At Jacoby Expo, we value the insight that leading experts in our industry have to offer. That’s why we are excited to announce a feature on our blog we are calling, Insight From The Experts.
Our guests will be sharing their tips and secrets to success in the trade show world with you!
Learn from the best in the business as they cover a wide range of topics from valuable lessons learned to the future of trade shows. Join us as we glean from their years of experience and knowledge.
Name: Brittany Peck
Title: Training Events Specialist, Shared Hope International
Company: Shared Hope International
At Shared Hope International, Brittany is the event coordinator for our Annual JuST (Juvenile Sex Trafficking) Conference. The event rotates to a new location each year and with attendance growing, the challenge is finding a venue that can accommodate their model while maintaining a non-profit budget. Brittany recently started at Shared Hope but has 7 years of corporate event experience. This is her first time coordinating events for a non-profit and she enjoys learning more about the challenges faced by the non-profit events segment.
What is the one thing you make sure to do at every show?
There are SO many important things I could list here that should be prioritized at every show, but what comes to mind first is establishing a positive environment with my onsite team. It seems so simple, of course, you want your team members, whether they are organizational staff or volunteers, to be happy, but it doesn’t always happen in a high-stress event environment. Most of my team members aren’t working on the event all year long like I am so they don’t have the same comfort level with the schedule, presenters, facility, etc. I make an effort to welcome everyone with lots of positive energy, reinforce their comfort level with lots of organization and make sure they are aware that myself and other event coordinators will always be available for them to resolve any issues that may come up. I want the team to be able to focus on having positive interactions with attendees, exhibitors, etc. not on whether or not logistics are in place.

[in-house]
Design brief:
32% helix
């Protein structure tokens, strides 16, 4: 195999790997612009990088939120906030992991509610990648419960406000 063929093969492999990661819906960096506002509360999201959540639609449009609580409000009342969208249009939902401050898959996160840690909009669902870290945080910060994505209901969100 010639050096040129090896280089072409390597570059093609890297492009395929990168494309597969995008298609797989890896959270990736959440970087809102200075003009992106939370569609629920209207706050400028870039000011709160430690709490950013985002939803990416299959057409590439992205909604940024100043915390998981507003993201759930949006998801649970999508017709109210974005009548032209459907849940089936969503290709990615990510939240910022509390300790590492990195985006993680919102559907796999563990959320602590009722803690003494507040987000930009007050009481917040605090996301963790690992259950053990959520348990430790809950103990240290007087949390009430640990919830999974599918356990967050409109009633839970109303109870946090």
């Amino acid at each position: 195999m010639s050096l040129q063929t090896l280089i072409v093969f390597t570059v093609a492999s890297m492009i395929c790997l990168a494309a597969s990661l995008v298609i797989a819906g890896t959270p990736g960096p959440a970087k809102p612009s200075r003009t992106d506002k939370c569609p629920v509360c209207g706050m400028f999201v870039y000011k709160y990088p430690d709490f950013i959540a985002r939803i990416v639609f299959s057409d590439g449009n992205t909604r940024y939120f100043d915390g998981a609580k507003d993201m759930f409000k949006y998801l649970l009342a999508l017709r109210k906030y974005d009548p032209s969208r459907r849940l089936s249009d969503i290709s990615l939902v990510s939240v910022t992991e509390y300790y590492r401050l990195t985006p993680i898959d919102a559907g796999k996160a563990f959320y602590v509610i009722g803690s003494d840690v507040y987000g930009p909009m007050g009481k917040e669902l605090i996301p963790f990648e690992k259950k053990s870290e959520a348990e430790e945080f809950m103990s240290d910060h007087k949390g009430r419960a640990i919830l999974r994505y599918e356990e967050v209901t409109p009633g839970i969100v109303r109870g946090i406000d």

How do you define or track the success of your show?
Setting measurable and achievable goals is important. Measuring your registration numbers, exhibit space contracts and sponsorship dollars are all a given pre-show. I think comparing your numbers to previous years helps you understand your growth rate and keeps you aware of where you should be. I liked to compare for up to four years back each week. Four years gives you historical insights – maybe last year’s registration was low because you had bad weather, etc. You need the previous year’s registration numbers to accurately measure where you are this year. Onsite, I like to know that attendees, exhibitors, and speakers are achieving their goals at the event.
How do you continually improve your show year after year?
Post-show reports and meetings are an important tool for improving your event year over year. When you have a large team working on the event you miss a lot of the important conversations taking place onsite. Collecting their experiences and observations in one report gives you a well-rounded perspective on what went well and what may need improvement. This is also really helpful when you are working on multiple events in one year and you have to switch gears quickly.
What is the most valuable lesson you’ve learned?
You don’t have to do it all by yourself. Relying on a team effort to successfully produce an event is so fulfilling for all parties involved. You also decrease your risk of burnout and onsite mistakes.
What does the future of trade shows look like to you?
Trade shows are increasingly prioritizing an interactive attendee experience. Entertainment and Special Events need to be photo worthy and should promote nontraditional networking opportunities. The challenge is hosting exciting and surprising experiences at every budget.